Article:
Isaacson, CEO at the Aspen Institute and Steve Jobs' biographer, said the United States had developed the standards for reasonable search over the course of two centuries. He said smartphones should not be exempt from warrant searches.
He compared the idea of total online anonymity afforded by encryption to the Ring of Gyges, a mythical artifact cited by Plato that made the wearer invisible and capable of skirting justice.
"The question is, do you have a civil society and a rule of law if people can just put that on?" he said in an interview on CNBC's "Squawk Box." "It's not like our mobile phones should be separate from everything else in our lives."
"I don't believe that complete anonymity on everything you do helps make a better rule of law," he added.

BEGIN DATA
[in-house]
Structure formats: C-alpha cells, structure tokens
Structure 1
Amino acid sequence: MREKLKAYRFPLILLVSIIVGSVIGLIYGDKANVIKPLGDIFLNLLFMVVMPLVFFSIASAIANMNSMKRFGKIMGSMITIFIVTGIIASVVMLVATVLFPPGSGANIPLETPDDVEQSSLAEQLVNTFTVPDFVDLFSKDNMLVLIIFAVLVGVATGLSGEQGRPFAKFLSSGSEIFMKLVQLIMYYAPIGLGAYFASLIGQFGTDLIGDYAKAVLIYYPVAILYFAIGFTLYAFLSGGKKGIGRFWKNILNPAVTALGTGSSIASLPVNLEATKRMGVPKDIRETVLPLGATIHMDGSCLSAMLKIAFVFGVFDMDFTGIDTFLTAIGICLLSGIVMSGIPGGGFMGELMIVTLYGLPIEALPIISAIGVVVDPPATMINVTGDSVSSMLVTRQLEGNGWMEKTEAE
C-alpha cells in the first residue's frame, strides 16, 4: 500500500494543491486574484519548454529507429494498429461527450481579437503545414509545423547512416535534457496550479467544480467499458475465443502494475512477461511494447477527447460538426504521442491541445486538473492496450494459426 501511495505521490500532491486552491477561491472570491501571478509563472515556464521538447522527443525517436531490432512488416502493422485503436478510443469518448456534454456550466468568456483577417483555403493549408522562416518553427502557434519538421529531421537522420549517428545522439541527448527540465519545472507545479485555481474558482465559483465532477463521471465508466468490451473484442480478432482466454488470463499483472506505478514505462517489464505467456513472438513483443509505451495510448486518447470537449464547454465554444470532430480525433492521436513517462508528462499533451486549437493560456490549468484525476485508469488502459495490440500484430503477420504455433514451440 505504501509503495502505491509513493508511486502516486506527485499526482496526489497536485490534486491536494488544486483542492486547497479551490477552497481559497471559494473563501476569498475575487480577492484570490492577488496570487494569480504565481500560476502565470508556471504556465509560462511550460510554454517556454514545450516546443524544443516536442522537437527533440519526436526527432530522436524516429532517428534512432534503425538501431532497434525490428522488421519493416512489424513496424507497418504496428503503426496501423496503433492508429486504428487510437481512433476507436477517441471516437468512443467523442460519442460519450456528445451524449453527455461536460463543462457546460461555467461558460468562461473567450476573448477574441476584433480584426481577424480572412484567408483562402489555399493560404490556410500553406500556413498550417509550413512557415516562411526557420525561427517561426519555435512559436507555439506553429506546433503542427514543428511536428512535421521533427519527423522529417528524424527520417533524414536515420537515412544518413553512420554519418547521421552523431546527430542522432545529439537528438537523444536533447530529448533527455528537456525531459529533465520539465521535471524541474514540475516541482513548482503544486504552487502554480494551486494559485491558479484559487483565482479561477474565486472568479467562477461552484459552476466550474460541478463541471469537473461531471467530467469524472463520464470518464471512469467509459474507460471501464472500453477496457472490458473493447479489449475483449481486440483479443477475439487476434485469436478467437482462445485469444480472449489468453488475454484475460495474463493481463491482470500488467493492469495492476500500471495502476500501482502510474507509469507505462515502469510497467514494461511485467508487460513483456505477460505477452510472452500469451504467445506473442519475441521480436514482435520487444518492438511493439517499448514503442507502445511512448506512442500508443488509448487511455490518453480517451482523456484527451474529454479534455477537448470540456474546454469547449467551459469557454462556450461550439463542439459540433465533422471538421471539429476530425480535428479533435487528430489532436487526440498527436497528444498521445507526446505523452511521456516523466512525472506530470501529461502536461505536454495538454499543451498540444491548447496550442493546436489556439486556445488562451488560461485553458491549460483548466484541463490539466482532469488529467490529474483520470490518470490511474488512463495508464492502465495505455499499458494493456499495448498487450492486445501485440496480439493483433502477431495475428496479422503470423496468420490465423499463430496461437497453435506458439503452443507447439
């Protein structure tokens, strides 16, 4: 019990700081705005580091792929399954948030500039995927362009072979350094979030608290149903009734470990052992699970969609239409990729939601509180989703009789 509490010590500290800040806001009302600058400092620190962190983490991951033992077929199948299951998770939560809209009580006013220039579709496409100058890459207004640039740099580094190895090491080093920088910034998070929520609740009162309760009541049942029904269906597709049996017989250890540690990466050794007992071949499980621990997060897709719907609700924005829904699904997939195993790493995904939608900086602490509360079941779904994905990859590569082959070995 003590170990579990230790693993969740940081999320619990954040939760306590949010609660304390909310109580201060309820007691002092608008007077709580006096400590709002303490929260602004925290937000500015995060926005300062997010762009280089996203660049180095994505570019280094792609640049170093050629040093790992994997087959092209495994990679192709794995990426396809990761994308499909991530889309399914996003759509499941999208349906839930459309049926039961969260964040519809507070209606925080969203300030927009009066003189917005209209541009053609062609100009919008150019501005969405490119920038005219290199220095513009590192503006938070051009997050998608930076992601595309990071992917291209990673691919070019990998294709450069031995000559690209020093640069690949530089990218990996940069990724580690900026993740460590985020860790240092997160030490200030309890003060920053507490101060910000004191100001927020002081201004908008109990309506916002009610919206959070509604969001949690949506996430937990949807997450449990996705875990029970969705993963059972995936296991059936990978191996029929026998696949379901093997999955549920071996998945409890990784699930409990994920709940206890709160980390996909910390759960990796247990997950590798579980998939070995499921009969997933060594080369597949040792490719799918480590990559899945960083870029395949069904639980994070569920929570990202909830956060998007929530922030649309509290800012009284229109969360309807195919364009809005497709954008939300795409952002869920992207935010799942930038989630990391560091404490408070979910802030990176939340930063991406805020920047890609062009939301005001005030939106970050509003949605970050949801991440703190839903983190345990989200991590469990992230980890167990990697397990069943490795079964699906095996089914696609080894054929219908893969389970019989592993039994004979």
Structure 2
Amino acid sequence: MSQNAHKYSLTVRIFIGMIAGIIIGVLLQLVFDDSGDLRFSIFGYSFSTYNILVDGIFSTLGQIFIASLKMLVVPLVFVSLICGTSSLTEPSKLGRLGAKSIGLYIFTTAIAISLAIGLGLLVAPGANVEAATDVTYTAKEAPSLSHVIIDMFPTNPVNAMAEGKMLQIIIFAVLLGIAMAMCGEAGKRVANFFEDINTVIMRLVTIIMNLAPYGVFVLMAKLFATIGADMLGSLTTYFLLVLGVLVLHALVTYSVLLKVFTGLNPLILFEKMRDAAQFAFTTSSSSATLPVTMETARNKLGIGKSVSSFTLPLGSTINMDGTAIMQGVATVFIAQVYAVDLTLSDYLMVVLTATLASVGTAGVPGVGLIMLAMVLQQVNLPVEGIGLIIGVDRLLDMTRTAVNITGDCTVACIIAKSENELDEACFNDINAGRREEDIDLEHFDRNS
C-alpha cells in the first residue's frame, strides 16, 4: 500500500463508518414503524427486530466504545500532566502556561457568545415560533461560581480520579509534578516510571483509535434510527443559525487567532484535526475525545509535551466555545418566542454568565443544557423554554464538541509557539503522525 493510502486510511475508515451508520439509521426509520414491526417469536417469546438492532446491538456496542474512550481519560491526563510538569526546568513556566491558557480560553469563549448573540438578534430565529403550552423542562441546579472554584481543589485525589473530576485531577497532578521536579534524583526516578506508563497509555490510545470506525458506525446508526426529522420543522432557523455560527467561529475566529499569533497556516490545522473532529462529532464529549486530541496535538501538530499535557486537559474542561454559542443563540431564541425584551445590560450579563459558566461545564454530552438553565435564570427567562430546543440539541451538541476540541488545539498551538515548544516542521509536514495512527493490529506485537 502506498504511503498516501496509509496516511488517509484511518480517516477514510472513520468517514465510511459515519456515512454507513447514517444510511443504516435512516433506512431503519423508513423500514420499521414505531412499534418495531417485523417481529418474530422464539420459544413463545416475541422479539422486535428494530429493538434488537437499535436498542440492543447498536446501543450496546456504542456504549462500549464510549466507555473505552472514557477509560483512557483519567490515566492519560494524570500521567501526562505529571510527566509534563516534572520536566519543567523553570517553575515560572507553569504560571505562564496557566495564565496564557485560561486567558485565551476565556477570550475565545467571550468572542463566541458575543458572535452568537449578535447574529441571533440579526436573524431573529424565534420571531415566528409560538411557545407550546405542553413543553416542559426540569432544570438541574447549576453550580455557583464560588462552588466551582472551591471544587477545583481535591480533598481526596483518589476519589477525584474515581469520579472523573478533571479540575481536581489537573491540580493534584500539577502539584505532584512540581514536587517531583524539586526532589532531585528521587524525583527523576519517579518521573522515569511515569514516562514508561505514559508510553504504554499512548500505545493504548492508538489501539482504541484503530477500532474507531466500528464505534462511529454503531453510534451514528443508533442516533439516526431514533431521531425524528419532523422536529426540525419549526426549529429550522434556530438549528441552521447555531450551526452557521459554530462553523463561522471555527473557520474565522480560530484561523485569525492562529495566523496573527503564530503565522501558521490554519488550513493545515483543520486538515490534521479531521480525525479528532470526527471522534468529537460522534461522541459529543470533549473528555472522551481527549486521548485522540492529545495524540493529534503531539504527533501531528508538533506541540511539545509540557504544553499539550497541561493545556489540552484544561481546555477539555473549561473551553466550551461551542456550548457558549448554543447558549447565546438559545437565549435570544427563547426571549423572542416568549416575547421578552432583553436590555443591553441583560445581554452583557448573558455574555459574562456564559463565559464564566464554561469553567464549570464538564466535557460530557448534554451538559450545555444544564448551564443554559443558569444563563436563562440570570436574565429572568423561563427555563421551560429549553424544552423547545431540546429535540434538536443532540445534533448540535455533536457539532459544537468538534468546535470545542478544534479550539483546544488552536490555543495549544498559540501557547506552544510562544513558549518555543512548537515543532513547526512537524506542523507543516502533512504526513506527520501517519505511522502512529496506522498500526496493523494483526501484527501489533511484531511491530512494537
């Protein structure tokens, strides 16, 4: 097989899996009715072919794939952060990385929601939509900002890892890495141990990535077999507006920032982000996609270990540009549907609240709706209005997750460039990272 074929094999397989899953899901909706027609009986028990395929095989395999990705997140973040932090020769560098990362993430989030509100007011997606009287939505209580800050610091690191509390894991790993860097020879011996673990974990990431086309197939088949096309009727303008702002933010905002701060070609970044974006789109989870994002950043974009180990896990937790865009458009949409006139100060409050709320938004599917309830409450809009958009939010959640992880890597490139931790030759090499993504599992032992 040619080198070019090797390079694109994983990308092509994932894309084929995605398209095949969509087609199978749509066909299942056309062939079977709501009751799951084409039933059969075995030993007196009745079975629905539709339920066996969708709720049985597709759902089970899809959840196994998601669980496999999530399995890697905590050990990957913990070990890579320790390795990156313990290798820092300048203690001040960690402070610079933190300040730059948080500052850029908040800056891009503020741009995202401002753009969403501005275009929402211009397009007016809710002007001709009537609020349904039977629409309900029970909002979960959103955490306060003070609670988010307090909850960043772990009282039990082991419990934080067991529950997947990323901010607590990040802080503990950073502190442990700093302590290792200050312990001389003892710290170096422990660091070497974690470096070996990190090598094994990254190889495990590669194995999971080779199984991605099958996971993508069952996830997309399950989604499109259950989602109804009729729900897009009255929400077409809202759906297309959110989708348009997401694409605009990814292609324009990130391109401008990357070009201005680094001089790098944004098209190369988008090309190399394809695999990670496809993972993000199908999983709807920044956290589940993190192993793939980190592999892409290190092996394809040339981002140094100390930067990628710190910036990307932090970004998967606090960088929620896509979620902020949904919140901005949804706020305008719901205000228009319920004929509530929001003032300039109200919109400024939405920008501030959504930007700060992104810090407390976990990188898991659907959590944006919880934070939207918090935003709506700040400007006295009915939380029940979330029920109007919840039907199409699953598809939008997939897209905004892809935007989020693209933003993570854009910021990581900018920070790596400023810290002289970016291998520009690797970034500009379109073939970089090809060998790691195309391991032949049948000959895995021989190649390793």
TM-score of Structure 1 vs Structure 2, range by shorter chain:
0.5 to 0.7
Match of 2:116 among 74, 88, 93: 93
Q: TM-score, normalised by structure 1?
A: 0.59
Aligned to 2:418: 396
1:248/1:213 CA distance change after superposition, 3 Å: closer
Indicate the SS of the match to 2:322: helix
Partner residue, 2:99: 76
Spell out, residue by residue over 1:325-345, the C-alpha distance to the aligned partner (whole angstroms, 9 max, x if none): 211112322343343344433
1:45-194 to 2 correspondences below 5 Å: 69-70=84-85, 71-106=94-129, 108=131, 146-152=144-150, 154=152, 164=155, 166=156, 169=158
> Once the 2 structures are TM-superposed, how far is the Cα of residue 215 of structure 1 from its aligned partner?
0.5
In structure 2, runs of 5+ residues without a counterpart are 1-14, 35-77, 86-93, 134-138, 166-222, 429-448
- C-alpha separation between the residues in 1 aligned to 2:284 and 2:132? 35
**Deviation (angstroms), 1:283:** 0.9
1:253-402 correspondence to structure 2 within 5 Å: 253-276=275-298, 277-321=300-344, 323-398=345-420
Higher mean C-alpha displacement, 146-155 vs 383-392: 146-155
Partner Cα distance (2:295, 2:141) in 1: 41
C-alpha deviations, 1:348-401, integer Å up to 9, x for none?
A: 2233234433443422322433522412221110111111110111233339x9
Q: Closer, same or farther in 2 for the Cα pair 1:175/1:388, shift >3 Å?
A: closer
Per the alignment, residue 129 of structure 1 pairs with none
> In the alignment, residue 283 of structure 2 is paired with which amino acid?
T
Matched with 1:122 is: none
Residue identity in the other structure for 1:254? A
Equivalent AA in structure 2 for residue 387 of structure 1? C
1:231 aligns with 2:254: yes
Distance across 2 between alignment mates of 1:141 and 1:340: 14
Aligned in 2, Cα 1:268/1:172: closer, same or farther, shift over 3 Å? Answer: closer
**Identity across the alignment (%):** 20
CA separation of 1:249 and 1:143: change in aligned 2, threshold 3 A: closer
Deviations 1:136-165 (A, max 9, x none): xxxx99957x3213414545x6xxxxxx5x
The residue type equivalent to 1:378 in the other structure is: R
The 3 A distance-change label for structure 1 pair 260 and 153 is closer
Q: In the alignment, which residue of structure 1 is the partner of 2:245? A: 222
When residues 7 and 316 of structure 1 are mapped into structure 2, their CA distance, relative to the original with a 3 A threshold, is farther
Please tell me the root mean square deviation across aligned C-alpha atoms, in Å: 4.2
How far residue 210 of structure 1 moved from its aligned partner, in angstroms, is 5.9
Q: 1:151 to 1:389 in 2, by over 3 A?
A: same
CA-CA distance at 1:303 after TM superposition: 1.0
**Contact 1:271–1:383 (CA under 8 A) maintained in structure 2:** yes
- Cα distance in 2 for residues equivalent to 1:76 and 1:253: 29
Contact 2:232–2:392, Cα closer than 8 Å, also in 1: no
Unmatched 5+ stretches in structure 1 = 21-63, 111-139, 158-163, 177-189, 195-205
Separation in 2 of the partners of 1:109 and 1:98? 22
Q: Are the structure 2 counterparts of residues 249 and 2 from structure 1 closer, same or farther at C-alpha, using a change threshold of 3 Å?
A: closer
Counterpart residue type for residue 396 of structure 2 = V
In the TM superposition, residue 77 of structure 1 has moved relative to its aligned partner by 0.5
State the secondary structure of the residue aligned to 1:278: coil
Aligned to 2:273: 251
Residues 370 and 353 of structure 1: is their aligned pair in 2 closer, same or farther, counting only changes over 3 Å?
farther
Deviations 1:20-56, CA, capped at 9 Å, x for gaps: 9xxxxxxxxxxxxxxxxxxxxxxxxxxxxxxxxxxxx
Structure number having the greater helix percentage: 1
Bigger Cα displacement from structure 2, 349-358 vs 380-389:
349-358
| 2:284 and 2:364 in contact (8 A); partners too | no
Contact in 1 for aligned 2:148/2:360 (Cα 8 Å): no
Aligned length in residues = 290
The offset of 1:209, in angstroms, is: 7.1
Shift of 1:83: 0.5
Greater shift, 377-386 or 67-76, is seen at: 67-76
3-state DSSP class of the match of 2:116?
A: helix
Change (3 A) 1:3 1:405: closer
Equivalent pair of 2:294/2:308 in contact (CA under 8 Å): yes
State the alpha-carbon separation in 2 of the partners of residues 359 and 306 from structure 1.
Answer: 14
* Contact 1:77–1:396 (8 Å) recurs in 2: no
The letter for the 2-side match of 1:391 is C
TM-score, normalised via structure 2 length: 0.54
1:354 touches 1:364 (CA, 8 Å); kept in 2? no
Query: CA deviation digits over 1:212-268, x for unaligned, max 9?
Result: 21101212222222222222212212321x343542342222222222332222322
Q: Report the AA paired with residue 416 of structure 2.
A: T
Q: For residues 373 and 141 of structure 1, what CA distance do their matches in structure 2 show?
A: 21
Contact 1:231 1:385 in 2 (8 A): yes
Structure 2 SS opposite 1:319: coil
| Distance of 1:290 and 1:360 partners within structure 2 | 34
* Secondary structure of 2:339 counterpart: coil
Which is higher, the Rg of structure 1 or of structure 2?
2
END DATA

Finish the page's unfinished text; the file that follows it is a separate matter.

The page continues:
Isaacson said the outcome was a positive one because the dispute would have been a "hard case," and hard cases make bad law.
"You don't want this whole thing to be settled on this San Bernardino case." he said. He noted that the dispute had brought a long-simmering conflict into the public eye.
Lawmakers and tech companies have long been at odds over the encryption being built into consumer devices.
Tech companies generally say encryption is necessary to protect their customers' privacy in a world besieged by data breaches. But national security and law enforcement officials worry it is creating a powerful tool for terrorists to communicate covertly and putting up high-tech roadblocks to investigations.